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2013 Introduction

Climate & Capitalism is pleased and proud to re-publish this historic

and long-unavailable document of the ecosocialist movement. It was, I
believe, the frst time that the word eco-socialism appeared in the title of
any publication, and one of the frst times that it appeared in print at all.
Eco-Socialism in a Nutshell was originally published in 1980,
by Writers and Reader Cooperative in London, UK. Publication
was arranged by Stan Rosenthal, a founding member of the
Socialist Environment and Resources Association.
On the origin of the pamphlet, Stan writes:
Having read Nuclear Power for Beginners [published by Writers
and Readers in 1978] I was struck by how brilliantly certain
parts of it encapsulated the broader message that we in SERA
(the Socialist Environment & Resources Association, founded in
1973) were trying to get over to the Labour movement here.
I therefore approached Writers & Readers (Lisa Appignanesi) to
see whether they would agree to me making them up as a SERA
pamphlet with an introduction by myself, which they obviously did.
Stephen Croall, the author of Nuclear Power for Beginners,
agreed to his work being used in the pamphlet and acknowledged
his debt to SERA material for some of the ideas.
The pamphlet was then reviewed by various newspapers, distributed
to left bookshops and generally touted around at SERA events.
I also sent copies to leading members of the Labour Party.
In some ways, Eco-Socialism in a Nutshell shows how new and
under-developed the concept of eco-socialism was in 1980. But
there is much in it that todays movement can learn from, especially
its insistence on a class approach to the environmental crisis.
Many thanks to Stan for sending Climate & Capitalism a mint-condition
copy of the pamphlet for scanning, and to the current copyright owner,
For Beginners LLC (http:// for granting
permission to make it available to a new generation of reds and greens
Ian Angus
Editor, Climate & Capitalism
Introduction copyright 2013, Climate & Capitalism
Content copyright 1980, Writers and Readers Publishing Cooperative
(For Beginners LLC).
All rights reserved.
Some press comments on the 1980 edition ...
It is quick and easy to read, and is a fne introduction
to the subject. (Leeds Other Paper)
For those lefties who fnd the Ecology Party not red enough, nor
the Labour Party green enough, there is eco-socialism. Perkily
publicized in a new words and cartoons booklet ... this -ism
plots the pedal-driven road to revolution. (The Observer)
No doubt its title will convince the mainline Labour trads that
SERA is just freaky and fringe. And as it takes the form of a strip
cartoon, you cant take it seriously, can you? Oh yes you can, for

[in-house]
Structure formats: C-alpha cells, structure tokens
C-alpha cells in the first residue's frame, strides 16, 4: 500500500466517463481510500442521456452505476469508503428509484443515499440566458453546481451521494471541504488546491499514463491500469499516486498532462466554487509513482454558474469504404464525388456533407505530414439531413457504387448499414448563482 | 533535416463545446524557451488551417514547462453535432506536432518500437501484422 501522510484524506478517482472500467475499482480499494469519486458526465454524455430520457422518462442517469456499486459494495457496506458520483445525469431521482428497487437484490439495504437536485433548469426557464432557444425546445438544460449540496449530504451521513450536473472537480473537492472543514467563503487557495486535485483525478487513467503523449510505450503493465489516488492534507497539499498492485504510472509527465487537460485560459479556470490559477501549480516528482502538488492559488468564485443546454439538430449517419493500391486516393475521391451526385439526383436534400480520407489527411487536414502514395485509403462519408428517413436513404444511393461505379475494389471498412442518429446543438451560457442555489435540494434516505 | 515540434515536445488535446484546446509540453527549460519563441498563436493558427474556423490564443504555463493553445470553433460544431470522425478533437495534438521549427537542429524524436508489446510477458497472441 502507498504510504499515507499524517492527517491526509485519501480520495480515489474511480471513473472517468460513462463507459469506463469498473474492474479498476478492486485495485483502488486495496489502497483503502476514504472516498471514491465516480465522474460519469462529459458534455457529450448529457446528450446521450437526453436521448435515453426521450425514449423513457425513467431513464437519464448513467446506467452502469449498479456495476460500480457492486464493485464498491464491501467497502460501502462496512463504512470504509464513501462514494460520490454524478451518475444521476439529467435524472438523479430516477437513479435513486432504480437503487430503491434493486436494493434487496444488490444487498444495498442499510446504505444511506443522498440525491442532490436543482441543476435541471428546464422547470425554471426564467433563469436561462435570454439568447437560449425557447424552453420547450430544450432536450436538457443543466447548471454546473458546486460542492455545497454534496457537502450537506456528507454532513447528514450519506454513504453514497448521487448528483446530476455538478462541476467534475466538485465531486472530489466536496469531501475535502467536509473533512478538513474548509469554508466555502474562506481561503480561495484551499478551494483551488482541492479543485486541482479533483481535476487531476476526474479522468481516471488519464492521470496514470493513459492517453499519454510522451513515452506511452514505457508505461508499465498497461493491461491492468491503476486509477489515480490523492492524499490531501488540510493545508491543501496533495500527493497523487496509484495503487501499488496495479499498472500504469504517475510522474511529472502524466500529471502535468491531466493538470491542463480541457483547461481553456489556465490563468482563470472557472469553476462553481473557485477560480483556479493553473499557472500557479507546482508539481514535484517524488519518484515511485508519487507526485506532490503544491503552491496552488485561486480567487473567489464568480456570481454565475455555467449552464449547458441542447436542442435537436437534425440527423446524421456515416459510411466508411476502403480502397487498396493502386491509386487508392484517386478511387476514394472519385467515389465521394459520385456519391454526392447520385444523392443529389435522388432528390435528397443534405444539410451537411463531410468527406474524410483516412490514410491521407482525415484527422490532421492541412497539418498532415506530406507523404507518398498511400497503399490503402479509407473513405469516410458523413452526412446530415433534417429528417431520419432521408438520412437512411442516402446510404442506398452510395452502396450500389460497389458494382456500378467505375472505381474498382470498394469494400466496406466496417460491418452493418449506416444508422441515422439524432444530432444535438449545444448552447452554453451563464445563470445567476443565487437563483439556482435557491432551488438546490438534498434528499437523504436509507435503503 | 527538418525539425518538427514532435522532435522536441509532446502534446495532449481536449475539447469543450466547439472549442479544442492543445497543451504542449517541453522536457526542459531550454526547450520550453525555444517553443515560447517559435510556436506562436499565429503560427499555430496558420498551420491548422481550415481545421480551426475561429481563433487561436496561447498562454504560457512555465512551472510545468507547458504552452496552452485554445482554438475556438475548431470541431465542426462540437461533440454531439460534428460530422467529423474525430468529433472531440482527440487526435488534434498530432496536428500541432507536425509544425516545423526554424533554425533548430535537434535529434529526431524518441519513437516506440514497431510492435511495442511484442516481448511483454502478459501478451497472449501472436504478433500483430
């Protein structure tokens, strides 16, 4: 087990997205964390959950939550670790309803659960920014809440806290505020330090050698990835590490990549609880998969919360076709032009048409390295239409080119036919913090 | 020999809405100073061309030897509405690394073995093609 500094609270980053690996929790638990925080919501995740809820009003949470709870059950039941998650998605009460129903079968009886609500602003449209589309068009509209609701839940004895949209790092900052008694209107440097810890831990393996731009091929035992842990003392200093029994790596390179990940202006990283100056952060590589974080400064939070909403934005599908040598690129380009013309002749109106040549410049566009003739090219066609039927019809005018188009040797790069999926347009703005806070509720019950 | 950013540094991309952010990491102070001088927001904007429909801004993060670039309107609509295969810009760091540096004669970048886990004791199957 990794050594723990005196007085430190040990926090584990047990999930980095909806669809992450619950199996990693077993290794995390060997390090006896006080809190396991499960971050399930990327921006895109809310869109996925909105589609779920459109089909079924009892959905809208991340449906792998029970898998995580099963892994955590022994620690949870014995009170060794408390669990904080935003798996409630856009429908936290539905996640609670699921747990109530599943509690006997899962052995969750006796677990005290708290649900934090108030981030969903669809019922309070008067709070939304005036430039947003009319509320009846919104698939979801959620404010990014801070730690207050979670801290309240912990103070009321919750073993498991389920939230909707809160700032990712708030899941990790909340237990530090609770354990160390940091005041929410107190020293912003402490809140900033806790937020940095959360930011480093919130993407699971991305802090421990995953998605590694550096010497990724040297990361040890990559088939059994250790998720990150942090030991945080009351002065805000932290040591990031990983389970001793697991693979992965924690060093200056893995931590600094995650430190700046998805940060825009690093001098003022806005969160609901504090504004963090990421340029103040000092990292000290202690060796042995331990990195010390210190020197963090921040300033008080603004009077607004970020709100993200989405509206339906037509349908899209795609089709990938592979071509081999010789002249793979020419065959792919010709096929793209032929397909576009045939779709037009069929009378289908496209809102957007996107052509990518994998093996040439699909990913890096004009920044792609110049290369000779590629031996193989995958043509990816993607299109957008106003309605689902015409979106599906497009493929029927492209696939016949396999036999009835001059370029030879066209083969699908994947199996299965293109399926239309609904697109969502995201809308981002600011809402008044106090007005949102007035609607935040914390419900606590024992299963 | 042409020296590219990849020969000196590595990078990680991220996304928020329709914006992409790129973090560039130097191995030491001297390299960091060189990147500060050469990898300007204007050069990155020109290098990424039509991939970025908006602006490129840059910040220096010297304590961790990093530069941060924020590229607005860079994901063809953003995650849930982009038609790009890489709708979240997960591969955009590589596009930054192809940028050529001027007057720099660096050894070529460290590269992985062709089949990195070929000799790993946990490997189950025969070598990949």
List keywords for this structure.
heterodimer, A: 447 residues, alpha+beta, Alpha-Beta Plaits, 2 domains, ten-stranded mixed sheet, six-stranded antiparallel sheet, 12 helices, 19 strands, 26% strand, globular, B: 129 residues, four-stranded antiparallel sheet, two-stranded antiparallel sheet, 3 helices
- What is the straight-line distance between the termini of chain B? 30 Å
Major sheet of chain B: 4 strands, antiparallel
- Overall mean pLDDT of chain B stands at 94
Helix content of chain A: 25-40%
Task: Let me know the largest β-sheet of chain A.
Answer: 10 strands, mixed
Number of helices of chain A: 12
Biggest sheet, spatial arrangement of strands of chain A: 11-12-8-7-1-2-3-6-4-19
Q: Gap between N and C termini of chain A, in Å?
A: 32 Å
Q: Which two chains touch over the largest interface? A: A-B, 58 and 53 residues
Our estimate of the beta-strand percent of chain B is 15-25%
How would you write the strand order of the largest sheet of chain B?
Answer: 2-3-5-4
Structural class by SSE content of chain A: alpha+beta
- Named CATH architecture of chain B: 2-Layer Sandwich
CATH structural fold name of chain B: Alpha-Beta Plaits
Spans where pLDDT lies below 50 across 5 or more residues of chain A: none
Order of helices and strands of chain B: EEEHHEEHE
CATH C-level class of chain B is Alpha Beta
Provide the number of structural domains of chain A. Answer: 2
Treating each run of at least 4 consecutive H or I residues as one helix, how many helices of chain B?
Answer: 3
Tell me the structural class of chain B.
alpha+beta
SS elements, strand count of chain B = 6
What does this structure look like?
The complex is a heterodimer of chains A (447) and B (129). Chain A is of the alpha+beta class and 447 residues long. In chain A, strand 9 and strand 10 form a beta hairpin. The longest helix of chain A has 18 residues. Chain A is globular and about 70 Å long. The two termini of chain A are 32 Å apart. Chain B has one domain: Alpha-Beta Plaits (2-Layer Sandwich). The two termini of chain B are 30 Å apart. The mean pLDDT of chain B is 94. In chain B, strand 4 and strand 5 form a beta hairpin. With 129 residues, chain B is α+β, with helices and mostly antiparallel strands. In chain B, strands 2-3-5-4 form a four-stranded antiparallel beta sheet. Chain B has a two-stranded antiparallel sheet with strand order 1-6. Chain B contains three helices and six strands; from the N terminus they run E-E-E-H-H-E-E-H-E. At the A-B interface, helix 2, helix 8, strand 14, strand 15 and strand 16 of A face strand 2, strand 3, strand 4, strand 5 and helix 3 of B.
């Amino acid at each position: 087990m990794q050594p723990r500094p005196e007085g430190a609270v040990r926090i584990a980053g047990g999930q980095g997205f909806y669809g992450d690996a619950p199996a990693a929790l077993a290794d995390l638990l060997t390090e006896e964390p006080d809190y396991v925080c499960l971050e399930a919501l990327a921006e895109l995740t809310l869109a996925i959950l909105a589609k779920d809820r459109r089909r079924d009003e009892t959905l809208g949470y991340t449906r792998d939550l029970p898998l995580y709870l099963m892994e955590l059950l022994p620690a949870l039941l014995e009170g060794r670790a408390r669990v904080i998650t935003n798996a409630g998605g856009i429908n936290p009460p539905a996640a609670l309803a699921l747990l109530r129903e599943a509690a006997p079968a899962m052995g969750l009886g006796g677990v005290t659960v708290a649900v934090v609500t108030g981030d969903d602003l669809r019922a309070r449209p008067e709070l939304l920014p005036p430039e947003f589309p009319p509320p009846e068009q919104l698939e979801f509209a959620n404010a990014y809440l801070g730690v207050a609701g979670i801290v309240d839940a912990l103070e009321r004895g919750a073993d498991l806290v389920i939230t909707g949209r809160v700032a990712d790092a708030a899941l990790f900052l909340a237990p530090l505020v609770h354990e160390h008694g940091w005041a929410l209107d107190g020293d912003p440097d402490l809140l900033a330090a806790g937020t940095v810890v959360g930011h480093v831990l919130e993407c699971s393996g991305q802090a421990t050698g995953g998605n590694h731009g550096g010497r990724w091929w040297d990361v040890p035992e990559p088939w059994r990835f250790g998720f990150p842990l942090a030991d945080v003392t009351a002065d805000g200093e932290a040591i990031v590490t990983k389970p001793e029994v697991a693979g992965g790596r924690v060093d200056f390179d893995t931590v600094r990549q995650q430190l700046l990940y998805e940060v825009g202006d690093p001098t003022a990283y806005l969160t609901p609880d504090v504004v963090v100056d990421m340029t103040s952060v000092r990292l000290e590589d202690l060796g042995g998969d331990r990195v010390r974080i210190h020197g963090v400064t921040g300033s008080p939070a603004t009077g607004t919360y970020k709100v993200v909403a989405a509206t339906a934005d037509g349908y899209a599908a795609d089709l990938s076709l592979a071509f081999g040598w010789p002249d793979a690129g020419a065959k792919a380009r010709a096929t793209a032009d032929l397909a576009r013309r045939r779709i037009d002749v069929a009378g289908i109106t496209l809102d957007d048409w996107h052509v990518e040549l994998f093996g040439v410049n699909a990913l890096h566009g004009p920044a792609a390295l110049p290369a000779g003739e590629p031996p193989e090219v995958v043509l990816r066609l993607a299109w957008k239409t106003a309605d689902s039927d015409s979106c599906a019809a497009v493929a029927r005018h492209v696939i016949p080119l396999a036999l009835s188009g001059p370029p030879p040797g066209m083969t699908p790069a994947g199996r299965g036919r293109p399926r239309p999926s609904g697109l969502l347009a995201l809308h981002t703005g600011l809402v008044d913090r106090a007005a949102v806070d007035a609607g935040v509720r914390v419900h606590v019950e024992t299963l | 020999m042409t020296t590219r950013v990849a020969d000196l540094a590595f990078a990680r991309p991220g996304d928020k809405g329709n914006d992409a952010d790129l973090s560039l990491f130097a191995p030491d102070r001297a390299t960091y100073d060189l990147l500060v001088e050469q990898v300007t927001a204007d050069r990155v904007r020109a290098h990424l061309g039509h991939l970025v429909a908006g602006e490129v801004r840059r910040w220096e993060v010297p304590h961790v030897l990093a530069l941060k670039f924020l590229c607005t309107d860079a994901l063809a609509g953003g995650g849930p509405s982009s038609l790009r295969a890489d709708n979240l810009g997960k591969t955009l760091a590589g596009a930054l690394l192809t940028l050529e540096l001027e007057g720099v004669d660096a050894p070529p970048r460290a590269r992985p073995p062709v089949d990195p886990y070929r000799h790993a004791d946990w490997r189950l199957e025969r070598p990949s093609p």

this is a serious attempt to popularize ideas which ought to be in the
mainstream of political debate. Author and artist Stephen Croall and
Kaianders Sempler have packed in with great visual punch most
of the key points which we have come to sum up as the ecological
perspective. Obligatory reading for the NEC. (The Guardian)
This booklet cleverly outlines in cartoon form the blending of the Labour
movement with those of the growing ecological lobby the coming together
of the Greens and the Reds and shows how you can help turn their vision
into reality. There are many questions to be answered and this booklet
manages to provide in an easily-digested form, the answers to most of
the questions and doubts of interested people both inside and outside the
ecology movement. It is well worth getting hold of a copy. (Good Earth)
Eco-Socialism in a Nutshell is a positive, cheerful and optimistic
alternative to the doomster image commonly associated
with the environmental movement. (Brighton Voice)
Eco-Socialism is the fusion of ecology and socialism, seen by many
people as the only hope for saving the world. The Socialist Environment
and Resources Association have attempted to show in this cartoon
pamphlet how this concept has been formed by a blending of the
ideas of the labour movement and the ecological lobby. Unfortunately
this tantalizingly brief summary refects just how under-developed
eco-socialist ideas are, stopping with All we have to do is get there
Exactly, but how? SERA uses the cartoon format because too
many important messages are sunk without trace under the weight
of the words in which they appear. But this is not the case with the
under-nourished infant called eco-socialism. If it is to survive in these
violent times, it actually needs right now more of these words to
build itself the theoretical backbone it currently lacks. (Time Out)